As a photographer, Wenders’ imagistic sensitivity is even more apparent, and in the new Carpenter Center exhibit “Wim Wenders: Photos” (Dec. 4 to Jan. 11), presented in cooperation with the Goethe-Institut Boston, he takes on the often startling landscape of Australia.
The exhibition, composed of photographs Wenders took on his first trip to Australia in the late 1980s, is a traveling exhibition originally put together by the Goethe-Institut, the largest organization promoting German cultural and educational policy abroad.
Karin Kolb, program coordinator at the Goethe-Institut Boston, explained the reason behind the exhibition. “We liked the fact of being able to show the public a different side of well-known and respected filmmaker Wim Wenders,” she said.
She added that Wings of Desire will also be shown be shown at the Brattle Street Theatre from Dec. 19 to 23 while the exhibit is up.
The Carpenter Center exhibit was the brainchild of Eric Rentschler, chair of the department of Germanic Languages and Literature at Harvard. Rentschler, who also teaches in the Visual and Environmental Studies (VES) department, was well-acquainted with Wim Wenders’s films. He and Kenan Professor of English Marjorie Garber, the director of the Carpenter Center and chair of VES, brought the Wenders exhibit to the Carpenter Center before its next stop in Washington, D.C.
The exhibit’s focus on the expansive horizon, the sharp contrast between the sky and the ground and the striking features of the land makes each photograph an extraordinary tableau to behold. For most people, the obvious interest in the exhibition is the relationship between Wenders’s cinematic and photographic works. But Melissa Davenport, who worked on this exhibition for the Carpenter Center, explains that it has the potential to appeal to a wider audience.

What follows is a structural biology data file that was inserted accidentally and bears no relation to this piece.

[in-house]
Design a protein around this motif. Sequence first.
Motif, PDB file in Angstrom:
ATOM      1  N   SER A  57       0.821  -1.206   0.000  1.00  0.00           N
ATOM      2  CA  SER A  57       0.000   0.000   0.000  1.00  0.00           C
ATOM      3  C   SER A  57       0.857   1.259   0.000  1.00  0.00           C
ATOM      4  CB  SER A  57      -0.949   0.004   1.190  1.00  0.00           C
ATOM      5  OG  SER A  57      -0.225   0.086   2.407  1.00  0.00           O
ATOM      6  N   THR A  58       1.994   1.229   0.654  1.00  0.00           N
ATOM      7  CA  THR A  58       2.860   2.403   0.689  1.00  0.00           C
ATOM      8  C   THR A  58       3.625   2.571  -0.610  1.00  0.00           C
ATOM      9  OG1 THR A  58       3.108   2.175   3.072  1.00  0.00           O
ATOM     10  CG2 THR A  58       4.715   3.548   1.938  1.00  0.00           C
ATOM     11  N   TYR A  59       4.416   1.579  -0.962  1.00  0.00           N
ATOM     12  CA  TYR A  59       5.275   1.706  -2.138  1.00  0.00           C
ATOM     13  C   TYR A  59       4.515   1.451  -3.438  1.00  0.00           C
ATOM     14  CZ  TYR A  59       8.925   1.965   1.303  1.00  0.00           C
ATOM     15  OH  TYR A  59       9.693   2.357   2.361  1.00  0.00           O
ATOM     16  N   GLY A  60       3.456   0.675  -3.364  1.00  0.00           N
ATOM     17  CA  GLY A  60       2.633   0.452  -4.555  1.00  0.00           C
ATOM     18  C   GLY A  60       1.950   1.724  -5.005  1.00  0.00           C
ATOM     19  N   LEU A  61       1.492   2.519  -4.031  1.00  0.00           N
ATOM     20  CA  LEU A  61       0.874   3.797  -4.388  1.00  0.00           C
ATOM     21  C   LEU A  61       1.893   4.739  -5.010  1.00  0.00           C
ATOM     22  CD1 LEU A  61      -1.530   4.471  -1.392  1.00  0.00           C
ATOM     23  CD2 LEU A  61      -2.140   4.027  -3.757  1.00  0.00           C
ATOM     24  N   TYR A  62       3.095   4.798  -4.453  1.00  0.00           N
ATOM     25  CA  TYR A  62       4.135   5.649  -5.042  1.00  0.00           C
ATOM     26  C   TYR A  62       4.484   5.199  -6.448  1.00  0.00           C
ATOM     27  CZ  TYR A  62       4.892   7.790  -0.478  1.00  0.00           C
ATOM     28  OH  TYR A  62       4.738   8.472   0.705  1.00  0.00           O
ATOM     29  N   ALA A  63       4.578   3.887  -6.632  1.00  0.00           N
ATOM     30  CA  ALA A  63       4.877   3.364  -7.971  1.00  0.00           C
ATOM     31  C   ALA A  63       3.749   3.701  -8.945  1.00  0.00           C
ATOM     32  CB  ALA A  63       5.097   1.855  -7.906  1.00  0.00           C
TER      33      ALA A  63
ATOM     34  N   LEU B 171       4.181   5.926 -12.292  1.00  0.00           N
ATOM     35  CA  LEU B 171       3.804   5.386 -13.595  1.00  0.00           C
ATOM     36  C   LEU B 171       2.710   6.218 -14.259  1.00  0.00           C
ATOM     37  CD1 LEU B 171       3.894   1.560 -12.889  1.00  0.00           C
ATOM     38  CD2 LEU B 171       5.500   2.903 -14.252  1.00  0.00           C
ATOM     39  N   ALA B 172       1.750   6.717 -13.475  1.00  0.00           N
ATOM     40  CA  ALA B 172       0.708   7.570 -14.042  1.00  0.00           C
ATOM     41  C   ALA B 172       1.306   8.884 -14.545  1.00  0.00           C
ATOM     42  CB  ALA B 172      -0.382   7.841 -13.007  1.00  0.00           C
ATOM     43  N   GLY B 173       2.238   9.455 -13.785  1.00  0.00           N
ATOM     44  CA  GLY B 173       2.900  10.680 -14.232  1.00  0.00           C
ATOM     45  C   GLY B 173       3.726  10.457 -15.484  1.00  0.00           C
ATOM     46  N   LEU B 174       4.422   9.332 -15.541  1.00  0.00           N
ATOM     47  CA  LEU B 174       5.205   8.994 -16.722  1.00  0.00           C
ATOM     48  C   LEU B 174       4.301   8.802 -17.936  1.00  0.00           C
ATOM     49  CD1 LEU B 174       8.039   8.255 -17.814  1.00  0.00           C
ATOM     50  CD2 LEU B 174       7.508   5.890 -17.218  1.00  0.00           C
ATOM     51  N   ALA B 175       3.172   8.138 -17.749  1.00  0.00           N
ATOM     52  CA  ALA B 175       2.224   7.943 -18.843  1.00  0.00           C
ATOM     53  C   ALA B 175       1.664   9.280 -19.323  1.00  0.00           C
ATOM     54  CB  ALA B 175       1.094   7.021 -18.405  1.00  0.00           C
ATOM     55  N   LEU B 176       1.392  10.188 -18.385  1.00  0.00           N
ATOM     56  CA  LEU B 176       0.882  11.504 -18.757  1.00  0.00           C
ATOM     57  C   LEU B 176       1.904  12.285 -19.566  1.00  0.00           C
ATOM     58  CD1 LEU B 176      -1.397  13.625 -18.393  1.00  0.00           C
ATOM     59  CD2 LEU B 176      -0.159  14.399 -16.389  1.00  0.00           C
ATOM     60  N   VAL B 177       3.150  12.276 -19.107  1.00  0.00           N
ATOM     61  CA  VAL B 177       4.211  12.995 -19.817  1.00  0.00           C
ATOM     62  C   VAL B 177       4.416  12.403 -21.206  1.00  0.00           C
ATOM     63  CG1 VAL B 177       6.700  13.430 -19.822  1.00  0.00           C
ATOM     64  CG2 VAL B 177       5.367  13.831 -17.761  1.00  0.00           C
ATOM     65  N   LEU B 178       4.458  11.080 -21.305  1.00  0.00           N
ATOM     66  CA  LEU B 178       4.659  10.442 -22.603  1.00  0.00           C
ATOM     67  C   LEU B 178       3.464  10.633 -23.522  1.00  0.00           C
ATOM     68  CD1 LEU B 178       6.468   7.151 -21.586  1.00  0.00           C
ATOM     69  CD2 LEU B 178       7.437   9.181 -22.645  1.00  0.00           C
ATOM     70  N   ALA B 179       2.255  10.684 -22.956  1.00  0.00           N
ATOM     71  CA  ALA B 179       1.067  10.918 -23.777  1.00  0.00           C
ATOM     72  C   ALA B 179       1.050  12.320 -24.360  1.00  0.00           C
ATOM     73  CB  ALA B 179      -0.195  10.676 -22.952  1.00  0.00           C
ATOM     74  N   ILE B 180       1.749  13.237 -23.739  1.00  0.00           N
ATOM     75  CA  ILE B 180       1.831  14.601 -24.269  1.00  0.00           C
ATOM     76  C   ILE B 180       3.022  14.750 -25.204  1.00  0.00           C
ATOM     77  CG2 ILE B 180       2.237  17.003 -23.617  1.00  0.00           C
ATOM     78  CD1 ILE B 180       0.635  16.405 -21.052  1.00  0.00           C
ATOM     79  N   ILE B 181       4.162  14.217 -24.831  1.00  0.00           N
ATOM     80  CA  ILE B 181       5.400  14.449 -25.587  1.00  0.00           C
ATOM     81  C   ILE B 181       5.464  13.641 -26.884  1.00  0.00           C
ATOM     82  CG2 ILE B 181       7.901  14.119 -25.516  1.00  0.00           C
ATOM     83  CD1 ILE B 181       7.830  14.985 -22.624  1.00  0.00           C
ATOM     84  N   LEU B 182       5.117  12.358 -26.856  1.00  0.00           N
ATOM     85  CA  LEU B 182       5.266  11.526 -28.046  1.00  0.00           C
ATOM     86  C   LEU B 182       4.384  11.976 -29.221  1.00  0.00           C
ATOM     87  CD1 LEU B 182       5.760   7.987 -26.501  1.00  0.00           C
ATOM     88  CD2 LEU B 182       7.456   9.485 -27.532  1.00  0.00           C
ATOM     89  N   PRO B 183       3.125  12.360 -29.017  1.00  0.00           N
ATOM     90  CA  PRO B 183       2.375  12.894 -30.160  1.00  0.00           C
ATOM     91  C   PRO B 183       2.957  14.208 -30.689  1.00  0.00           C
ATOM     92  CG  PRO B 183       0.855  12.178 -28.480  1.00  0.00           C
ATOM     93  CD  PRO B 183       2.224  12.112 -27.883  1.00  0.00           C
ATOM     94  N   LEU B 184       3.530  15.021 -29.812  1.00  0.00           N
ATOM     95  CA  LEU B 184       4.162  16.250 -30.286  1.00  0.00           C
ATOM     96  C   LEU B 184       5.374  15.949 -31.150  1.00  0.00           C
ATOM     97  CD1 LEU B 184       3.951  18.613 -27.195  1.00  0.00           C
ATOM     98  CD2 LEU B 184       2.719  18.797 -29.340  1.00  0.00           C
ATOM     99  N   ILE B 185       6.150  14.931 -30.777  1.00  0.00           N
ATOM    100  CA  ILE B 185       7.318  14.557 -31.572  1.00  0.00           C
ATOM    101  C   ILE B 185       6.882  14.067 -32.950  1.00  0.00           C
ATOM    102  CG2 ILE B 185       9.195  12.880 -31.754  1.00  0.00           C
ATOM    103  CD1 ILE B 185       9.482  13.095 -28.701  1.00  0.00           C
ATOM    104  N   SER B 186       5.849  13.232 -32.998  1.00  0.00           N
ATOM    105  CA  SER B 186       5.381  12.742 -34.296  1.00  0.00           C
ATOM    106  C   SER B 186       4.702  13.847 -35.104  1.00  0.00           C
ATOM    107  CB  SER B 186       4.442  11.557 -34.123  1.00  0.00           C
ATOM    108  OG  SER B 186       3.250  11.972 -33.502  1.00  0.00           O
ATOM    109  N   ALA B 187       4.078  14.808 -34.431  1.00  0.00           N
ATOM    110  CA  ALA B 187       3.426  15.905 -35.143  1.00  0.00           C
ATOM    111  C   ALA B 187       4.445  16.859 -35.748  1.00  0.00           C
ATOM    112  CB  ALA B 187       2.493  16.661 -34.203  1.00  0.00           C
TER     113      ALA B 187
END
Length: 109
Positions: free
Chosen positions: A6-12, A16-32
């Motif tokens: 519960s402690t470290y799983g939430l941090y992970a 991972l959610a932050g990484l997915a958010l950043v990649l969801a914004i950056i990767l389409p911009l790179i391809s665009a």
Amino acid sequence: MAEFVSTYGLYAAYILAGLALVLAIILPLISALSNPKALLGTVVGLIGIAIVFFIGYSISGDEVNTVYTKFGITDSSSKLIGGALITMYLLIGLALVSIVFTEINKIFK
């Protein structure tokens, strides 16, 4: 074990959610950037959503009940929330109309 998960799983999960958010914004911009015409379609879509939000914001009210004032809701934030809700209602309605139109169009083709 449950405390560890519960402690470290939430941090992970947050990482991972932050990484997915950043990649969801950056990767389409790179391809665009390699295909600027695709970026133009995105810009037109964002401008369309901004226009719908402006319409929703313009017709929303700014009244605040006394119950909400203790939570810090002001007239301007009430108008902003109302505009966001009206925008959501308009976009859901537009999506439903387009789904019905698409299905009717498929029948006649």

“Anyone who’s interested in [Wenders] is going to be interested in this dimension of his work. He takes photographs every time he’s going to do a movie; he goes to take photographs of the location. The photographs definitely hold up on their own because they’re beautiful, and anyone who’s interested in photography, Australia, or landscape would enjoy the exhibit,” she said.
The photographs were taken with a Japanese Art Panorama camera, a replacement for Wenders’s stolen Russian Horizon camera. The Art Panorama, however, was extremely heavy, and the Aboriginals with whom Wenders traveled gave him the name “the madman with the camera.” Wenders defended his choice of cameras in the companion book to the exhibition, Wim Wenders: Photos.
“Any other camera was out of the question. The horizon was so far and so perfectly straight, and the view so unlimited that only the 2.3 x 6.7 inch negative format seemed suitable to render a true reproduction of it all,” he writes.
Indeed, the photographs are focused not only on the dramatic presence of the horizon, but also on the things that interrupted that perfectly straight line.
Wenders writes, “No matter how far the horizon, it was the things in the foreground, every rock and every shrub, that became important to me... In the course of taking these pictures I, the photographer, became totally transparent as a subject.”
In Wenders’s works in both media, he has focused on landscapes on the verge of obliteration or demolishment, from pre-unification Berlin in Wings of Desire to abandoned cities of the American West and decaying houses in Cuba in his new exhibit, “Pictures From the Surface of the Earth: Photographs by Wim Wenders,” which is being shown at the James Cohen Gallery in New York City through Dec. 20.
For Wenders, the process of capturing these images, while complimenting his work as a director, is also unique and inextricably tied to the experience of living. As Wenders wrote in his book about his experience in Australia, “It takes a few nights of sleeping on desert ground and staring into the starry sky until you can scarcely keep your eyes open to value the experience of photographing again.”